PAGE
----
Getting the most out of your Arriflex or "Why should I have my camera serviced, it runs fine?”

To get the best image quality possible and to keep your camera running trouble free; the four reasons to have your camera serviced are:

 

Why does my Arriflex 16S or 16M need to be regularly lubricated?

The Arriflex 16S and 16M cameras are professional, production motion picture cameras but unlike their newer counterparts, which are designed to run "dry", the Arriflex 16S and 16M cameras are designed to run "wet".

The main drive gears in an Arriflex 16S and 16M cameras are a fiber composite and need to be well greased to prevent wear. 

The feed and take up spindles, along with the drive and sprocket shafts of the cameras are polished steel in bronze oiled bushings.  These bushings need to be kept well lubricated (but not over lubricated) with ARRI's specially formulated Chronosynth oil. 

There are a number of ball bearings in the movement portion of the camera which must be kept clean and greased along with the special sapphire bushing on the registration pin movement which rides in a nylon cam.

An Arriflex 16S or 16M camera should be Cleaned, Lubricated and Adjusted (CLA) every two to three years if it's getting regular use and at least every four years if it is not being used.  Otherwise the lubricants dry up and running the camera may cause severe internal damage.

 

What's Flange Focal Distance and why does it matter?

The Flange Focal Distance (FFD) is the distance from the lens flange (that the lens seats against), to the film plane of the camera. 

This is set at the factory to a tolerance of plus or minus 5 thousandths of a millimeter, which is equivalent to one tenth the diameter of a human hair.  If the camera is dropped or sharply bumped, or the aluminum on the lens sockets is worn, this can cause the FFD to be out of spec.  If the FFD is out of spec, the image the lens projects on the film plane will be out of focus.  This is especially noticeable on wider angled lenses.  For sharp, consistent images the FFD must be set to factory tolerances and the Ground Glass must be optically adjusted to match the FFD.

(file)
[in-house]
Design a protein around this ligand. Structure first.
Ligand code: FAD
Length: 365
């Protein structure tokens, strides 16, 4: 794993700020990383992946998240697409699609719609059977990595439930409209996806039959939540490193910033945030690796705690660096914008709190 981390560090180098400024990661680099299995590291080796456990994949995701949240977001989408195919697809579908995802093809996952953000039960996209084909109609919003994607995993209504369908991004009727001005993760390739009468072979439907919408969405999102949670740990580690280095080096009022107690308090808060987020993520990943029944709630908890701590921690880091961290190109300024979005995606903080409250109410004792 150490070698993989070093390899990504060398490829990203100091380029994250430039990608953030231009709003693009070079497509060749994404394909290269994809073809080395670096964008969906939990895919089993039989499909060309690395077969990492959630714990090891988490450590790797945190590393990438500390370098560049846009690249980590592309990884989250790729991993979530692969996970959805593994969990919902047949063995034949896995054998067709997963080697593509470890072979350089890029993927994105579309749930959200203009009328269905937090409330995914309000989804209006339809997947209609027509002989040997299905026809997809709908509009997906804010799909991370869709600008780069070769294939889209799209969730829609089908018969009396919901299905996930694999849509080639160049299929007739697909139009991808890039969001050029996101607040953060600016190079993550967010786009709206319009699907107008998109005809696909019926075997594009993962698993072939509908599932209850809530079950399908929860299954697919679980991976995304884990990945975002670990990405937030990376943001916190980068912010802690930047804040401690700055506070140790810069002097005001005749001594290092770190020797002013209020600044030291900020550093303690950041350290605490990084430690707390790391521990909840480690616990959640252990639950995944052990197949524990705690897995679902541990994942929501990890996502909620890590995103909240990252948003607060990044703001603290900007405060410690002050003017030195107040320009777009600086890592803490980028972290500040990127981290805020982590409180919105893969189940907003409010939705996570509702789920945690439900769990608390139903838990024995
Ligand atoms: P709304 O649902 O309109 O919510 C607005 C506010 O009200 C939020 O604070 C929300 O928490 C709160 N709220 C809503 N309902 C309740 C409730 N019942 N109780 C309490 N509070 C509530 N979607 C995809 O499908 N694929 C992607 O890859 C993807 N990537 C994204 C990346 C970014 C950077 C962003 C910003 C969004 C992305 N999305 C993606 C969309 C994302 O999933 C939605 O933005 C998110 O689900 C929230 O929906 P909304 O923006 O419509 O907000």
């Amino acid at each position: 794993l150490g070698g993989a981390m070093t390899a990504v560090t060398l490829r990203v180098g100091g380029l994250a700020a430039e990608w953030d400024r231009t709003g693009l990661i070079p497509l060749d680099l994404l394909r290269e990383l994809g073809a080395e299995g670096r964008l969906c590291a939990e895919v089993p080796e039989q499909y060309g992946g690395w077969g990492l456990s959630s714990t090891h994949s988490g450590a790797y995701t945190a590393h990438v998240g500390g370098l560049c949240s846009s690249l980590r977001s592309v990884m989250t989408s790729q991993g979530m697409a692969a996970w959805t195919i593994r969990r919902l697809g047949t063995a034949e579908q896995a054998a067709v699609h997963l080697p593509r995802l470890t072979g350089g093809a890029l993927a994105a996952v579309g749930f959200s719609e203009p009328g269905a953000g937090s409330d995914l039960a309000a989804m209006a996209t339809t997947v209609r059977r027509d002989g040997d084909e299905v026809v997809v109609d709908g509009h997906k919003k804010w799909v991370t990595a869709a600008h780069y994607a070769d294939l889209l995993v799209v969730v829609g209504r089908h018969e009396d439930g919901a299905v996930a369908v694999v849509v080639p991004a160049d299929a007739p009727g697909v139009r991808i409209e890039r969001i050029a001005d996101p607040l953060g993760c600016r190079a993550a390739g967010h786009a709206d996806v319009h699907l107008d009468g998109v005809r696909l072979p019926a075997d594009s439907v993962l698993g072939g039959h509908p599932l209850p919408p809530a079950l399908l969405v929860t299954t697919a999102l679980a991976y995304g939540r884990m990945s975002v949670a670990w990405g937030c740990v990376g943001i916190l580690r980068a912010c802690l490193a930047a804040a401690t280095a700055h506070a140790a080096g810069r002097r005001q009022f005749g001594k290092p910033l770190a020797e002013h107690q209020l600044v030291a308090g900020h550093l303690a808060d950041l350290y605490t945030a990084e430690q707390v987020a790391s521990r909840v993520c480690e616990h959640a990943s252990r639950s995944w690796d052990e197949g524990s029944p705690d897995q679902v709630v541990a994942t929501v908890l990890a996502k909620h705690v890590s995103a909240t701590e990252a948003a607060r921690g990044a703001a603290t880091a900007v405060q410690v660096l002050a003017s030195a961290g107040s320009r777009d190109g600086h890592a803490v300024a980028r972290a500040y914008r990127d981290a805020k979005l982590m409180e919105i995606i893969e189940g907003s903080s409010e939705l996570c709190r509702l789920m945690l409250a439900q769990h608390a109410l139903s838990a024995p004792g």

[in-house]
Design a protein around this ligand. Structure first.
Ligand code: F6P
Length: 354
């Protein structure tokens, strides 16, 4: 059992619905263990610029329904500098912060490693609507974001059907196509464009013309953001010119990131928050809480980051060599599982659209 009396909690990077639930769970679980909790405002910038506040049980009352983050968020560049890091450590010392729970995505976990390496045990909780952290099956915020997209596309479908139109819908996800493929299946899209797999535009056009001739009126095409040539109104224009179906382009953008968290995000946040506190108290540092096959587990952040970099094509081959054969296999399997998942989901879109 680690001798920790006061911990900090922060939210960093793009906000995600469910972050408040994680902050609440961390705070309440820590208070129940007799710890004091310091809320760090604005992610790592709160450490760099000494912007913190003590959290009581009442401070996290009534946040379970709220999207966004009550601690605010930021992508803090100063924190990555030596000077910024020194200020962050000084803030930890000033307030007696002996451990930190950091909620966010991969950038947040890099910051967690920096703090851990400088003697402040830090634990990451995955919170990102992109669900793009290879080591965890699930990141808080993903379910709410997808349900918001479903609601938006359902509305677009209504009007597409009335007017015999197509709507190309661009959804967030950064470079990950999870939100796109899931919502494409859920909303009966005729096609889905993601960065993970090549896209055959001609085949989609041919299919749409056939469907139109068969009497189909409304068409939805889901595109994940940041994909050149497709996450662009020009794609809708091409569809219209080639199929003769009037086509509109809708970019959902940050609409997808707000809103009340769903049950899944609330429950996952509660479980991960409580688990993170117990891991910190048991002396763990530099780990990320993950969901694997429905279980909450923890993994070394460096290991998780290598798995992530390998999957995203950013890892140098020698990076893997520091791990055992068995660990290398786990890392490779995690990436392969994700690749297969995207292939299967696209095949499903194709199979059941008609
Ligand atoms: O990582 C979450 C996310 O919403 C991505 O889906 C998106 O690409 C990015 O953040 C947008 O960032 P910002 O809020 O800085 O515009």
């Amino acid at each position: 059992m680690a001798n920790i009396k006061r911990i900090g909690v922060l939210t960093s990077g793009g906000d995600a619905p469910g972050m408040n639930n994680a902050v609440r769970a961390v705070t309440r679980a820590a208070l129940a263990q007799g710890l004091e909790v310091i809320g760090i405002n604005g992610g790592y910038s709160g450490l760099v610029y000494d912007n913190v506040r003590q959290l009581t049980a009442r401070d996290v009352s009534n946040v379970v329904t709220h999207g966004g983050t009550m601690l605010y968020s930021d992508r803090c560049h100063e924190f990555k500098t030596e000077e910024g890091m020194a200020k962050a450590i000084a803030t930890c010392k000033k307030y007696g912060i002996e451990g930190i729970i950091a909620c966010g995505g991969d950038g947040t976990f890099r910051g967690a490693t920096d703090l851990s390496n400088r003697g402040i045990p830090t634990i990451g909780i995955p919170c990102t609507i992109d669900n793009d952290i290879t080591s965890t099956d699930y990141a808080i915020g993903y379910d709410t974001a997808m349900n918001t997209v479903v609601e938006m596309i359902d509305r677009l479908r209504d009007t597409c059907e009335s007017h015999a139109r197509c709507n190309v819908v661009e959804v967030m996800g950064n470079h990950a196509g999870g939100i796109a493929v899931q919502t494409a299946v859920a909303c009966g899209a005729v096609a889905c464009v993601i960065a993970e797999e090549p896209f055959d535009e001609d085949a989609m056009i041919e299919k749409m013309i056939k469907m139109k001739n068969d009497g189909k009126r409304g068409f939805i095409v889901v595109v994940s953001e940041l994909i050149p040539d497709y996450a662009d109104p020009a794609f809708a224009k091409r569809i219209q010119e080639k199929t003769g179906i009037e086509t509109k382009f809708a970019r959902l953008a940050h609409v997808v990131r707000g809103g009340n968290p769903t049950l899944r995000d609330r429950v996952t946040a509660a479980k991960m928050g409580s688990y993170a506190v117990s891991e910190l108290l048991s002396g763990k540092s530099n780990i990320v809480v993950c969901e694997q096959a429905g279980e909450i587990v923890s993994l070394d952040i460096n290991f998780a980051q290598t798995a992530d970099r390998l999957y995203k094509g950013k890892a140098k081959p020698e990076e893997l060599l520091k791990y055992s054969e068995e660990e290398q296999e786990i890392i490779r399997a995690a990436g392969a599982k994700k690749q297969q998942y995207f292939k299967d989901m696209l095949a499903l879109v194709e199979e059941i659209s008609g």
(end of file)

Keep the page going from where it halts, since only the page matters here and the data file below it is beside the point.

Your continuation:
Why does the Ground Glass have to match the FFD?

After the FFD is set on the camera the Ground Glass must be optically adjusted to match the FFD with the same tightness of tolerance.  This assures that a sharp image on the Ground Glass in the viewfinder will be a sharp image on the film at the film plane.  The Ground Glass must be optically adjusted to exactly match the FFD so that what you see in the viewfinder is what you get on the film.

 

The film goes through the camera one frame at a time and never jams, doesn't that mean the Movement Timing and Side Pressure Rail are fine?

The Arriflex 16S and 16M cameras have registration pin movement.  What does a registration pin do?  It's a common misconception that a registration pin is designed to enter the film sprocket hole and hold the film steady during exposure.

The registration pin actually works in tandem with the pulldown claw in what's referred to as Movement Timing.  After each exposure, the shutter closes, the registration pin withdraws from the "locating" film sprocket hole, the pulldown claw enters another film sprocket hole and advances the film one frame.  As the pulldown claw reaches the end of its travel, the registration pin starts to enter the new "locating" film sprocket hole and as it enters this hole it very slightly advances (registers) the film to a very precise point at which time the shutter opens and exposes the frame.  Then the process repeats.  The registration pin makes sure that each frame is located in exactly the same position on the film for each exposure, thus assuring a steady image that does not jump or move up and down when viewed at 24 frames per second.  This is set very accurately at the factory but as the camera is used (and wear accumulates) the movement timing needs to be reset to the precise factory specifications to assure a steady image.

A Side Pressure Rail in the film channel exerts pressure on one side of the film to keep it running against a fixed rail on the other side of the film channel.  This keeps the film from moving side to side as it's being exposed, thus assuring the image does not weave when viewed at 24 frames per second.  The tension on this rail must be to factory spec, if it's too tight the film can jam, if it's too loose, the film can weave. As the camera is used (and wear accumulates) the center of this rail tends to bow out and needs to be straightened and reset to the factory specifications.

 

To obtain high quality images from your Arriflex 16S, 16S/B or 16M you need to have your camera cleaned, lubricated and adjusted to factory specs by an ARRI trained technician.